The state legislature has had fewer session days this fall than in the past. The cynics would say that lawmakers are getting it easy. Those on the inside would know better.
“That’s one of the biggest misconceptions. People tend to think that when we’re not in Harrisburg, we’re on vacation and we’re off,” Rep. Ryan Warner (R-Fayette, Westmoreland) told me on a visit to his Capitol office. “I often tell people that we’re a lot busier back in the district. We do spend a lot of time in Harrisburg, so when we are back home we have to catch up on a lot of things. There’s constituent work, whether it’s meetings with organizations, catching up on issues with our municipalities, Penndot issues…”
Ryan started working in his family’s logging business when he was a kid, then worked as a project controller at Siemens Industry when he got out of college. He wanted to be active for his community and figured a position in public office, representing the people from his home area would be the best way to go about it. He has an intense pride for his district, which encompasses parts of Fayette and Westmoreland Cos. He talked about an incident that happened three years ago that brought out the very best in the people that he represents.
“In 2016, the city of Connellsville, which I represent, was hit with a devastating flood. I mean an awful flood, where it literally wiped out a part of the city, and into Bullskin Township. It was like a disaster area. It looked worse than a tornado. It devastated the city. And I saw firsthand the people of that community come together to help out their neighbors. The sacrifices they made, whether it was time, money, whatever they could do, people pitched in to help out.”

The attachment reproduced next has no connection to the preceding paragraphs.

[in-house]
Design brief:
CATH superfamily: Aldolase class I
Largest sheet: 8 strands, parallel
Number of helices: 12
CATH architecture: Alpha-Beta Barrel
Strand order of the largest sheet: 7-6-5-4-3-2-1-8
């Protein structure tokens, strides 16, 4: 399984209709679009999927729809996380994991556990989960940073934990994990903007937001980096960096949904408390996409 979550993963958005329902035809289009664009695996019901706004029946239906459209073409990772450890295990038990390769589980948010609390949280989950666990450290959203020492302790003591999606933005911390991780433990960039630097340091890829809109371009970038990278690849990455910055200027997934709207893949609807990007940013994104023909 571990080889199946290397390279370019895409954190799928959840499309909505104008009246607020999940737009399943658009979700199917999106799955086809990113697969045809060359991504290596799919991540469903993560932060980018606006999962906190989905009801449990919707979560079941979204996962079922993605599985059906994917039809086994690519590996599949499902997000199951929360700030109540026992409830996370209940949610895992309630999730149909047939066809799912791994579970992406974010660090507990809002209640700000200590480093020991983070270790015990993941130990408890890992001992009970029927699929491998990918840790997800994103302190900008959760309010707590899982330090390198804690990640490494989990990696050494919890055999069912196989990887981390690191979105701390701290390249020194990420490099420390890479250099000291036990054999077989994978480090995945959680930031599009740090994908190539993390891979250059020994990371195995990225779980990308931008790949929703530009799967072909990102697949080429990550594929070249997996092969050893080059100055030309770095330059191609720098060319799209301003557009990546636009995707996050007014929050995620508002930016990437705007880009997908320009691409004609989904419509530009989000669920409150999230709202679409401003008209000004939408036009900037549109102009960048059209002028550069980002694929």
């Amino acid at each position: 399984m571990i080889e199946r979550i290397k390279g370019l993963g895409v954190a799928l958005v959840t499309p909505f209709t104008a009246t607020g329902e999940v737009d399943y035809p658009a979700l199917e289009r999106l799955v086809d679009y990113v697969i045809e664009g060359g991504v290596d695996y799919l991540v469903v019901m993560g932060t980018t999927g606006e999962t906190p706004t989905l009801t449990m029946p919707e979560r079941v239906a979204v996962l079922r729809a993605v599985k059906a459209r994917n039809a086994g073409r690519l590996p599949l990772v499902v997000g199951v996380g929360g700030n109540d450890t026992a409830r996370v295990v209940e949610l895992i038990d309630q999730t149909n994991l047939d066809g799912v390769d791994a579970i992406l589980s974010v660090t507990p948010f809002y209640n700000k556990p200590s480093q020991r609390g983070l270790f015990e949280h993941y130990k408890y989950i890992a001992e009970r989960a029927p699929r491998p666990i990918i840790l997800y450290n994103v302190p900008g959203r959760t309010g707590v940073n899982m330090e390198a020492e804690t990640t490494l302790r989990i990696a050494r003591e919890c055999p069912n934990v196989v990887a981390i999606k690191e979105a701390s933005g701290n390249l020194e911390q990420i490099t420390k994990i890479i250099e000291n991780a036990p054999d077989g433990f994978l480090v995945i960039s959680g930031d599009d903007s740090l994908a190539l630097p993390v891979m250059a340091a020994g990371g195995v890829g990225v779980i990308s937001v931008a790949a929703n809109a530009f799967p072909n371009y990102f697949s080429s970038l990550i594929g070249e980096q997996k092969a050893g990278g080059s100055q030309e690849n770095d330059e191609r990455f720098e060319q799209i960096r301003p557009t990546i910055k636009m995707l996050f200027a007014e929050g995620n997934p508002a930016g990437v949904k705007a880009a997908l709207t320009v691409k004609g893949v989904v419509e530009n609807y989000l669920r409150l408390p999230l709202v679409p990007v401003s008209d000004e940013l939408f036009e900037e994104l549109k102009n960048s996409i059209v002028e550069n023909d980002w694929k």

Warner said he worked with several different government agencies during that flood and that they all remarked how impressed they were with the community’s effort.
“They said there has never been the community support and the cooperation in a natural disaster than what they’d seen in the city of Connellsville. And you want to talk about taking pride in something. That’s what I take pride in. That’s why I want to afford my children the chance to have a future here, so they can be a part of that, a part of this community.”
At the top of Warner’s priority list is working to cut out wasteful government spending. He’s been working on the Taxpayer Protection Act, which limits the amount that the government can spend each year. The spending limit is based on population growth and inflation. He says the bill would allow spending to go over that cap, with three-quarters of the General Assembly approving.
I also asked Warner what his future plans are and if he likes being a state representative. He said that he does and he gave a great answer on what it’s like to him.
“People say ‘what do you think about being a representative?’ The most honest answer I can give is that it’s like being a parent. It is the most frustrating, hair-pulling, maddening experience that you could ever go through! But at the same time it is the most rewarding and uplifting experience that you could ever go through—just like being a parent. It is so frustrating. There are times when you want to pound your head against the desk but there are sometimes where it is just the greatest, most beneficial experience that you could have.”